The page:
If you notice a neighbor’s lawn starting to look a bit shaggy over the next couple of weeks, it might not be a case of simple laziness.

It could be they’re letting the grass in their yard grow to boost bees as part of “No-Mow May.”

No-Mow May is a backyard environmental movement that has grown nationwide over the last half-decade. It is aimed at bolstering spring and early-summer forage for bees, including common residential spring yard blooms such as clover and dandelions that otherwise would get cut down by regular mowing.

Bees and other pollinators are attracted to such blooms because they appear earlier in the year than most perennial flowers tend to bloom. Bees need pollen and plant nectar to survive, but blooming plants are in shorter supply in the early to midspring.

Population estimates of bees and other pollinators have been in significant decline throughout North America over the past few decades—in part because of the increased use of pesticides that kill insects and herbicides used to kill off weeds before they ever bloom.

Some communities are now letting residents keep grass either unmowed or minimally mowed in the month of May as a way to help bees and other pollinators with a more robust spring habitat with greater and more varied food sources.

In 2020, Appleton became the first Wisconsin city to foster No-Mow May.

In Dane County, elected officials in communities including Verona, Sun Prairie and Cross Plains voted to suspend lawn-mowing rules and lawn length regulations through May, a move that allows people to keep their grass longer for the whole month to help give pollinators a leg up.

A few of these places offer No-Mow May yard signs to help people explain to their neighbors why they’re keeping their grass a little longer.

In Rock County’s biggest communities, Janesville and Beloit, love of pollinators is surely in bloom, but the two cities have not sanctioned No-Mow May.

Maggie Darr, the city of Janesville’s operations director, said she has had a handful of residents in the last two years ask about the city’s stance on No-Mow May.

The city does allow residents to register and keep backyard beehives, but Darr said she is not aware of any major local buzz to foster No-Mow May in Janesville.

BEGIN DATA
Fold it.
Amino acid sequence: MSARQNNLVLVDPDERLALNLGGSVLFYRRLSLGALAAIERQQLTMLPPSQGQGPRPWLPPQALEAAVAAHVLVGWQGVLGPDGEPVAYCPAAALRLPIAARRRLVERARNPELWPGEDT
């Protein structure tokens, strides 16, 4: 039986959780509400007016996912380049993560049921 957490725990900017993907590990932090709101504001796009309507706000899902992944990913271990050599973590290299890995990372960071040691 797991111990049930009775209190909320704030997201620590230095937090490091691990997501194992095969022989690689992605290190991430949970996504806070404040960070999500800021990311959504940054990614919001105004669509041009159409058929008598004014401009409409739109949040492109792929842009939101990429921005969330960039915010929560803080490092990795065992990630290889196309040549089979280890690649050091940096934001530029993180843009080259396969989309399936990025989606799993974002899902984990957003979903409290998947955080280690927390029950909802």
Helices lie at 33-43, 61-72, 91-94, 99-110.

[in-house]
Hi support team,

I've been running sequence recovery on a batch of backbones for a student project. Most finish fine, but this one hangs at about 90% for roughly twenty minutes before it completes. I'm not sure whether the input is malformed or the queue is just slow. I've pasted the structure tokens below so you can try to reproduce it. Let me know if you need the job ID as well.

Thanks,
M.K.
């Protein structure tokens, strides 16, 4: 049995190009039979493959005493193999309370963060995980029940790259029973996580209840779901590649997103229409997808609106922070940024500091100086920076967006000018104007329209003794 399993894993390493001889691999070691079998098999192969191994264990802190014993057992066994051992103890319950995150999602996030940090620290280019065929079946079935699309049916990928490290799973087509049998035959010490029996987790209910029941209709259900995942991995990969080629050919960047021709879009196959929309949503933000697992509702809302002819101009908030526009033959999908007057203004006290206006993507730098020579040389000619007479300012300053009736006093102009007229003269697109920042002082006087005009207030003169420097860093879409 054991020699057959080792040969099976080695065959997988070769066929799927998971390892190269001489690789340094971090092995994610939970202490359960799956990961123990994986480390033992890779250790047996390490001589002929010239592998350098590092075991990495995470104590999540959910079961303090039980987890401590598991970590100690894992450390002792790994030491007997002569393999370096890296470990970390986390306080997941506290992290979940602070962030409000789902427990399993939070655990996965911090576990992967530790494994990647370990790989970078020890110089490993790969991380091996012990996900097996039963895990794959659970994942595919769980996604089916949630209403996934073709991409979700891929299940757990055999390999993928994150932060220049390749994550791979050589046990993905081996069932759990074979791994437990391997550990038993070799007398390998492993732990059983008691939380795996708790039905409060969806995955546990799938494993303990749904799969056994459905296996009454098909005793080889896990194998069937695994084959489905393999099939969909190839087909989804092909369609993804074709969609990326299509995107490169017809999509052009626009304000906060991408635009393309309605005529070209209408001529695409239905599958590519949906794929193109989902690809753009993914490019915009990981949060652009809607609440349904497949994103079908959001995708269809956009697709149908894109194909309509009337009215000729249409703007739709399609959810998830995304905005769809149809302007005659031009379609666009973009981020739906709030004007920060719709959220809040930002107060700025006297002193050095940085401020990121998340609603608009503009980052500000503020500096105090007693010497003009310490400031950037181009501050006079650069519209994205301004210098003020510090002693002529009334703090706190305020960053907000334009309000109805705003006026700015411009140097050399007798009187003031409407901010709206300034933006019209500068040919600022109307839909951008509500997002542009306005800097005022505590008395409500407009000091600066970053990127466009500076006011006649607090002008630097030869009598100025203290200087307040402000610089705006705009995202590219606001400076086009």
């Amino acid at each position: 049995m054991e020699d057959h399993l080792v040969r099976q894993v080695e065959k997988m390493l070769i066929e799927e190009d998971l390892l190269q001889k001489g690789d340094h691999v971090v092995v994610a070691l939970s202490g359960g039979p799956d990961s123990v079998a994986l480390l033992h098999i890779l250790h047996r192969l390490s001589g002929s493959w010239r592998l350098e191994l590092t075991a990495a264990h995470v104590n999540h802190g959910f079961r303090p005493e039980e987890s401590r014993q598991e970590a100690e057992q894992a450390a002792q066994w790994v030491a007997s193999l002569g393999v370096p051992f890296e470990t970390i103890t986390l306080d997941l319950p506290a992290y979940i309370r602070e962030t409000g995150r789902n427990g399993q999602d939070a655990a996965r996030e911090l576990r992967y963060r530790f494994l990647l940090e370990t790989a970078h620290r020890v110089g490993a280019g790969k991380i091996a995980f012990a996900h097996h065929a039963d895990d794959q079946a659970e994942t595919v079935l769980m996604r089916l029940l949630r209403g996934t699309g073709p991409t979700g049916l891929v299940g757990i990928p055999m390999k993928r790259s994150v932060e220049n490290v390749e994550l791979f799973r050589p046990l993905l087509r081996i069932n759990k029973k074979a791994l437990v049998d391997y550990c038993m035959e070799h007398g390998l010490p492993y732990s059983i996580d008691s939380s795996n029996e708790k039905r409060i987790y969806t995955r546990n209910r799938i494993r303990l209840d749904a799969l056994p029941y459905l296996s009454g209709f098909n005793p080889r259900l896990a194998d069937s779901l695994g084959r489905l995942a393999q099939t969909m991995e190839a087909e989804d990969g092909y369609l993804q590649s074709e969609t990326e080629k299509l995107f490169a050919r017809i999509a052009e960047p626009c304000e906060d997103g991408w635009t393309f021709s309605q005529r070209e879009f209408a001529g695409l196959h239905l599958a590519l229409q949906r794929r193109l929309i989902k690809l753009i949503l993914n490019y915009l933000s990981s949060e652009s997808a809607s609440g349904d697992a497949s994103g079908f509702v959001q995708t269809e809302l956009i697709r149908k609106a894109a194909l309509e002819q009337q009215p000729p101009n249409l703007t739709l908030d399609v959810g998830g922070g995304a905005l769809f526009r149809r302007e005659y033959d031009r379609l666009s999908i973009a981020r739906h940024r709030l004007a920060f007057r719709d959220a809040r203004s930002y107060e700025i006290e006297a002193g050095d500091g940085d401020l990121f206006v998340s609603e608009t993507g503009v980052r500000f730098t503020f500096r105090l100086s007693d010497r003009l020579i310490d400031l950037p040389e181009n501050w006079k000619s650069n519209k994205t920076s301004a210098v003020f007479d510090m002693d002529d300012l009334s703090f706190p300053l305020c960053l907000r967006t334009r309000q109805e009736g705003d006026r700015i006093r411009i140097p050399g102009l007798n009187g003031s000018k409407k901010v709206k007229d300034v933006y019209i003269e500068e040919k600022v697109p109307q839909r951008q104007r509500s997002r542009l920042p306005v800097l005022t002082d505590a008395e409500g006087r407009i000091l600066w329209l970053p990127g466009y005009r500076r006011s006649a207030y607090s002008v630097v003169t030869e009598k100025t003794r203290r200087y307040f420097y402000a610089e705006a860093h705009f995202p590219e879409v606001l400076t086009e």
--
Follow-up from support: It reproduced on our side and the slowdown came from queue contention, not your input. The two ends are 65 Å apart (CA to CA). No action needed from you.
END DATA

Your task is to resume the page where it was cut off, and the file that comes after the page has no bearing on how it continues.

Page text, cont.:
She said the city has not waived or altered its longstanding yard and property maintenance rules to foster No-Mow May. The city’s ad hoc sustainability committee has broached the topic of No-Mow May over the last two years, but Darr said the city has been hesitant to change its enforcement rules on a temporary basis.

While Darr said there is nothing illegal about having a shaggy lawn during the month of May, she said the city will not suspend its lawn maintenance ordinance in the coming months. The city’s rule requires residents keep their grass less than 12 inches long and remove tall, noxious weeds from properties.

That ordinance, like many other local property maintenance ordinances in Janesville, is “compliance-based,” which means residents whose grass gets too long under city rules could face ordinance violations and fines if neighbors or others report the violations to the city.

Darr said the city’s own park spaces include miles of wooded greenbelts that the city doesn’t mow.

She said in addition to the greenbelt system slowing rain runoff and supporting larger wildlife such as deer and foxes, the spaces create a naturally grassy, wild ecosystem with flowers and tree buds that support a variety of bees, birds, and other animals and insects that pollinate.

The city of Beloit also has rules requiring residents to mow their grass regularly to keep rodents and other nuisance animals from being attracted to unkempt yards with long weeds, according to the ordinance.

Carrie Sypniewski, a Janesville resident who is also a member of the Rock County Beekeepers Association, estimates there are more than 250 different pollinator insects and birds in southern Wisconsin that could inhabit the yards of residents in Janesville.

Yet Sypniewski said No-Mow May hasn’t taken off in Rock County, in part because of continued property maintenance mandates but also because of neighbor-to-neighbor peer pressure.

“The biggest problem people have buying into No-Mow May is the social pressure they might get from their neighbors to cut their grass or use weed killer. A lot of people want that pretty, green, golf-course lawn, and they want their neighbors’ lawn to match that,” Sypniewski said.

“A short, manicured lawn looks nice and uniform, but unfortunately, the insects can suffer. And because everything is linked in the food chain, then you can start to see birds decline, too.”

While city ordinances in Rock County might preclude people from turning their yard into a field of waist-high tall grass, Sypniewski said people can participate in No-Mow May without allowing their lawn to reach heights that can spark city property maintenance violations.

“Just set your lawn mower blade higher than usual,” she said, explaining that lawns that are allowed to grow five or six inches long will support dandelions—probably the most important bloom in early spring for pollinators such as bees.

Sypniewski said people who have neighbors (or spouses) who can’t tolerate shaggy grass and dandelions gone to seed can consider planting trees that start to flower in midspring, such as apple trees, or evergreen or basswood trees, both which produce nectar-like saps that bees and other pollinators use for food and hive health.


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